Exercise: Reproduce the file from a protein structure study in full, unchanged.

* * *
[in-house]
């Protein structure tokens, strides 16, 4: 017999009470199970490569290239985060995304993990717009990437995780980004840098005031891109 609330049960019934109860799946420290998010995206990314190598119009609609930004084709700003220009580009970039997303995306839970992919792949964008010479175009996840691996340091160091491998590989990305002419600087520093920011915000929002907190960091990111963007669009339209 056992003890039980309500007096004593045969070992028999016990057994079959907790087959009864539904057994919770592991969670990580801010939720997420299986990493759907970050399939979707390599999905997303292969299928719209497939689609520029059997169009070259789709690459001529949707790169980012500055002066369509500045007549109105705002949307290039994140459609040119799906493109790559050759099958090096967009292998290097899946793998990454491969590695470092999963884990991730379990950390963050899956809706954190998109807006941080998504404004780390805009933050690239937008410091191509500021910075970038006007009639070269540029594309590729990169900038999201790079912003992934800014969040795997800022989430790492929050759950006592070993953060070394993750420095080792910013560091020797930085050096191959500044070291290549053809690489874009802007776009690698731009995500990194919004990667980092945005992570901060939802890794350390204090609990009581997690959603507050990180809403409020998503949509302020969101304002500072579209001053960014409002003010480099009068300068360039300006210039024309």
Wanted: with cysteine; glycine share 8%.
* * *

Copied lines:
[in-house]
């Protein structure tokens, strides 16, 4: 017999009470199970490569290239985060995304993990717009990437995780980004840098005031891109 609330049960019934109860799946420290998010995206990314190598119009609609930004084709700003220009580009970039997303995306839970992919792949964008010479175009996840691996340091160091491998590989990305002419600087520093920011915000929002907190960091990111963007669009339209 056992003890039980309500007096004593045969070992028999016990057994079959907790087959009864539904057994919770592991969670990580801010939720997420299986990493759907970050399939979707390599999905997303292969299928719209497939689609520029059997169009070259789709690459001529949707790169980012500055002066369509500045007549109105705002949307290039994140459609040119799906493109790559050759099958090096967009292998290097899946793998990454491969590695470092999963884990991730379990950390963050899956809706954190998109807006941080998504404004780390805009933050690239937008410091191509500021910075970038006007009639070269540029594309590729990169900038999201790079912003992934800014969040795997800022989430790492929050759950006592070993953060070394993750420095080792910013560091020797930085050096191959500044070291290549053809690489874009802007776009690698731009995500990194919004990667980092945005992570901060939802890794350390204090609990009581997690959603507050990180809403409020998503949509302020969101304002500072579209001053960014409002003010480099009068300068360039300006210039024309």
Wanted: with cysteine; glycine share 8%.